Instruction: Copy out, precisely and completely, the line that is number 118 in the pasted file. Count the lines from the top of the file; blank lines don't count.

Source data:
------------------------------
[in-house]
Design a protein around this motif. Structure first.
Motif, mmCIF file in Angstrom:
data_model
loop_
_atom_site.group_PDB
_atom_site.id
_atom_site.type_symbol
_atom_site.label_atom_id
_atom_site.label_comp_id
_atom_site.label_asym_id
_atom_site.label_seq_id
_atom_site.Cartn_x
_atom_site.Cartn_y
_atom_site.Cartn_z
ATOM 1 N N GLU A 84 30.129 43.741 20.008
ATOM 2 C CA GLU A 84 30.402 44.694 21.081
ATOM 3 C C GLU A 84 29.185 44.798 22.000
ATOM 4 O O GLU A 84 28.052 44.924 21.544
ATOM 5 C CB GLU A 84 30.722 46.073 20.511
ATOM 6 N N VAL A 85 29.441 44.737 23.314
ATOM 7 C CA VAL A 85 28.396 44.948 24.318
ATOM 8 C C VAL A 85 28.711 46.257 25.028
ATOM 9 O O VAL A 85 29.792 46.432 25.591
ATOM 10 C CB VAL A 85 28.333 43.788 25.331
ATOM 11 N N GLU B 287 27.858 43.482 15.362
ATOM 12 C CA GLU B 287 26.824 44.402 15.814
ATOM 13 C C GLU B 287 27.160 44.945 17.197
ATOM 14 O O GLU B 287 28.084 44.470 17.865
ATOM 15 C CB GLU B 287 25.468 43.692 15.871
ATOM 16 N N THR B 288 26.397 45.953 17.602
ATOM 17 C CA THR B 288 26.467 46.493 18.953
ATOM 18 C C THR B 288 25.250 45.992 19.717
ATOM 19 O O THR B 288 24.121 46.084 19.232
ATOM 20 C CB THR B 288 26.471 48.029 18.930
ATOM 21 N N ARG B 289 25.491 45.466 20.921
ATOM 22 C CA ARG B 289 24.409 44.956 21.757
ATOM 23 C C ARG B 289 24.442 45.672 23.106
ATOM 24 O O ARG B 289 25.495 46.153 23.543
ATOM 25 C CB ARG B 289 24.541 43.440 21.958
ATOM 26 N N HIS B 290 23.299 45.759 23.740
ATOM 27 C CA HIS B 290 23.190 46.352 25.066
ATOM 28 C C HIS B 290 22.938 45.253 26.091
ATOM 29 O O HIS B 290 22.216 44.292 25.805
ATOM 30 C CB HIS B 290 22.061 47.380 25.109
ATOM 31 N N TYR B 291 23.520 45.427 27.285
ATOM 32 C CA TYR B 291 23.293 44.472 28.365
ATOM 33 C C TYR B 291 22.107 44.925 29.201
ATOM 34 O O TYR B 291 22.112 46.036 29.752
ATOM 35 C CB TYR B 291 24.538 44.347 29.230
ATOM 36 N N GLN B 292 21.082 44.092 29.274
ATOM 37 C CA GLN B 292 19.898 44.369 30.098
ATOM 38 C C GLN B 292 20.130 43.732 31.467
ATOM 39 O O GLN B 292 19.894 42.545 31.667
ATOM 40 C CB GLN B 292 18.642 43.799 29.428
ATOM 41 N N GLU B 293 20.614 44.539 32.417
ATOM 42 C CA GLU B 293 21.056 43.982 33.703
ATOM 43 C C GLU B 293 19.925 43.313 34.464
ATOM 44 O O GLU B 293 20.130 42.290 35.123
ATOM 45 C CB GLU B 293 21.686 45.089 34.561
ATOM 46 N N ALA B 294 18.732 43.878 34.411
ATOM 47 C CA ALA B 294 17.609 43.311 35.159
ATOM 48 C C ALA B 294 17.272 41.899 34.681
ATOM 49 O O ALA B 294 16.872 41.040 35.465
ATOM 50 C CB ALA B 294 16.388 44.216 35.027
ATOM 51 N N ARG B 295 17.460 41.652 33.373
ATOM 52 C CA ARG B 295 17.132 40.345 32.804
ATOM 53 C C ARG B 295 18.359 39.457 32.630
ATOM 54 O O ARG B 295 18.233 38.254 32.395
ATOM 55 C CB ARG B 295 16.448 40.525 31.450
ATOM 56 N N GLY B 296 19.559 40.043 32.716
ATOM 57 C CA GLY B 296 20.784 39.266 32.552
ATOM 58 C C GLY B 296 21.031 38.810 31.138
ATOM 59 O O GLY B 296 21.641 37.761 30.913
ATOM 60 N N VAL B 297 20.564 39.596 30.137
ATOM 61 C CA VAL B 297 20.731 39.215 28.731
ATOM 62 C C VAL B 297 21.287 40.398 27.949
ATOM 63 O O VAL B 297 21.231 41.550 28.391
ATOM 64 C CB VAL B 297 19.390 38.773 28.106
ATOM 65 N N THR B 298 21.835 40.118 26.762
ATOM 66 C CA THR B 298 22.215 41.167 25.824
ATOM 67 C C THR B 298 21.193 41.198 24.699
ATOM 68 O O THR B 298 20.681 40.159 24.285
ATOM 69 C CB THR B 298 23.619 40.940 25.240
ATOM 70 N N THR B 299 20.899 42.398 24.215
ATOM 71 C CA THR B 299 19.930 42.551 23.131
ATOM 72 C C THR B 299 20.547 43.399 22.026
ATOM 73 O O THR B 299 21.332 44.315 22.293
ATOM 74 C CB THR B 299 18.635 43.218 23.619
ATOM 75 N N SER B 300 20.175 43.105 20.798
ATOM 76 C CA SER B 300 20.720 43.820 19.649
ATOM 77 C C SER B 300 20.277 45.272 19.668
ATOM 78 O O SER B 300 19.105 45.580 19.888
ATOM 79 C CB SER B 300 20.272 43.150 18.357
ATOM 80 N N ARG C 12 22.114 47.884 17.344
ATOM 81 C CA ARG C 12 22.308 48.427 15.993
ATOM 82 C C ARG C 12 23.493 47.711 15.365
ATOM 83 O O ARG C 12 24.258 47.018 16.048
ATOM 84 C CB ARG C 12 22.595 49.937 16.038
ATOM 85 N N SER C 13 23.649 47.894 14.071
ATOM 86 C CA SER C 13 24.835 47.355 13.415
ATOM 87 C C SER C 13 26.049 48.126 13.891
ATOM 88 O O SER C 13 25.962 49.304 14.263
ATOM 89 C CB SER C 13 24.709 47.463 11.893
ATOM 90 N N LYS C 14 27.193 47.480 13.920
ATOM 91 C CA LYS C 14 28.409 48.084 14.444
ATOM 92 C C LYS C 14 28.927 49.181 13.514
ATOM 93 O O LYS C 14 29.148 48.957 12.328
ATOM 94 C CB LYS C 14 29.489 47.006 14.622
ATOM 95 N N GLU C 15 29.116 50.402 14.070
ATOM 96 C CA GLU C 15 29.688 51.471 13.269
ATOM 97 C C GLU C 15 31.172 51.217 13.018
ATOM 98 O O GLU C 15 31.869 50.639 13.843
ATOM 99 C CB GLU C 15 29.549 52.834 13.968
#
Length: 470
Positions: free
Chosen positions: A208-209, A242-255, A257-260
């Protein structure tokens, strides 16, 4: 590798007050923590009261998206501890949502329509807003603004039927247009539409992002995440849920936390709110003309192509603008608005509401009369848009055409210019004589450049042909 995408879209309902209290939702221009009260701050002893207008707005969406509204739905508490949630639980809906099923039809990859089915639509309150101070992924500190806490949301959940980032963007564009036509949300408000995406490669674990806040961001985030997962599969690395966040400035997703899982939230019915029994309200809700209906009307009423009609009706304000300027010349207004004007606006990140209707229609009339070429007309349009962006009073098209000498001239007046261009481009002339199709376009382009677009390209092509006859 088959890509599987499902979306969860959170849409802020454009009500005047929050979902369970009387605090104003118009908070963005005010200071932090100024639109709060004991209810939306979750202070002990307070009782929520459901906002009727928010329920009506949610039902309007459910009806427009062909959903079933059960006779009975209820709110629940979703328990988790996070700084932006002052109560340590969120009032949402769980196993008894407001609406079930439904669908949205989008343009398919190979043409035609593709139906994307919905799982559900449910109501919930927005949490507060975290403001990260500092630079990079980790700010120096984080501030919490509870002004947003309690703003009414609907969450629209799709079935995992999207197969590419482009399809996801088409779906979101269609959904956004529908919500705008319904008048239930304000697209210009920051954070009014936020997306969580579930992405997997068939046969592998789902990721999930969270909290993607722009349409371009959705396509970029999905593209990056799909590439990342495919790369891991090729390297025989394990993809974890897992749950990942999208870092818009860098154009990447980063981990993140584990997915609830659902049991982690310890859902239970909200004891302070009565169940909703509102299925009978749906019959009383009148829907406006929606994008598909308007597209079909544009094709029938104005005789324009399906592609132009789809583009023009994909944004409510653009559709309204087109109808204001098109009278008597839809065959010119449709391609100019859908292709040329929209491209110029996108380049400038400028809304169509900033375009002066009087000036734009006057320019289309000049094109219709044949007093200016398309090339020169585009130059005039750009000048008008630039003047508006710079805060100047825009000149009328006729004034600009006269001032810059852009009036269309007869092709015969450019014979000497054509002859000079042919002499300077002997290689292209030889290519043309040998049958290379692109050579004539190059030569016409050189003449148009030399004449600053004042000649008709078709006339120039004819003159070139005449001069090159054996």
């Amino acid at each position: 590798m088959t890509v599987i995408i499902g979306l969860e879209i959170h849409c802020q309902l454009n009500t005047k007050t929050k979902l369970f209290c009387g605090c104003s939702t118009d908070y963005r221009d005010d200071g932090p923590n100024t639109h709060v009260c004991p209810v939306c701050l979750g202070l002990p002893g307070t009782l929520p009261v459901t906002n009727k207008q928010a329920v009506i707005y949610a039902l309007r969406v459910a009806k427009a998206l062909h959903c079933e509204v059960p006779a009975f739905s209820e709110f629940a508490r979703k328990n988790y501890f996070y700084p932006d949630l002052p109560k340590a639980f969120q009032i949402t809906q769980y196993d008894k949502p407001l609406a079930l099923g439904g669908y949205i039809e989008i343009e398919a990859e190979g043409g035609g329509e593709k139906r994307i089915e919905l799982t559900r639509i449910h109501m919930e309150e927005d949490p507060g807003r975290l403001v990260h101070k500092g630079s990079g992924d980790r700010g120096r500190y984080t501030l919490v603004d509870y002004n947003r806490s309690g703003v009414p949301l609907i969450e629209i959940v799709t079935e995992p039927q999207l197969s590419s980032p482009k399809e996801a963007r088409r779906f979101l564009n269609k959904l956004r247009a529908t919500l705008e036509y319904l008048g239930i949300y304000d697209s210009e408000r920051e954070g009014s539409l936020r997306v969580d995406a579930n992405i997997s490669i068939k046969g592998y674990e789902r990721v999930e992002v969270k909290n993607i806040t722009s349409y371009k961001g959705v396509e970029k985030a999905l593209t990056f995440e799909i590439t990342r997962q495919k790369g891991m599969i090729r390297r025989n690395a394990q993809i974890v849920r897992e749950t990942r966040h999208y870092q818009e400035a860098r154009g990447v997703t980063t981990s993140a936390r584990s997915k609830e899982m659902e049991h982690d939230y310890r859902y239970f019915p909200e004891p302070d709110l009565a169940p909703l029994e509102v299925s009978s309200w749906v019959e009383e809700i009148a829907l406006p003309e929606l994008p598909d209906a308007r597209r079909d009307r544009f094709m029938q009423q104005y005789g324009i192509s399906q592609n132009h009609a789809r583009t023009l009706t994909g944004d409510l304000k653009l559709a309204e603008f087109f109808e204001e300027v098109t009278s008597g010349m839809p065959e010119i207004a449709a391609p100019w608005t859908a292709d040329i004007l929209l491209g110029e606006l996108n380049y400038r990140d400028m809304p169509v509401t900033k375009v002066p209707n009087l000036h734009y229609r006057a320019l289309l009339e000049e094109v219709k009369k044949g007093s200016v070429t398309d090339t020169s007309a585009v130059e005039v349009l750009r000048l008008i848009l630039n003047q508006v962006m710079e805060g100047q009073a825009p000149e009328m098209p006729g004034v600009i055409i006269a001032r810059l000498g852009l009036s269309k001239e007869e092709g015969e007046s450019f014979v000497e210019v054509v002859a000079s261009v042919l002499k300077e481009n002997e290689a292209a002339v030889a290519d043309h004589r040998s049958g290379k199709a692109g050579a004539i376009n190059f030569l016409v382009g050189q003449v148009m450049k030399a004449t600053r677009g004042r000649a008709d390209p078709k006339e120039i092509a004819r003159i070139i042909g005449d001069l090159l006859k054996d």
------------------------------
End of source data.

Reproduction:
Chosen positions: A208-209, A242-255, A257-260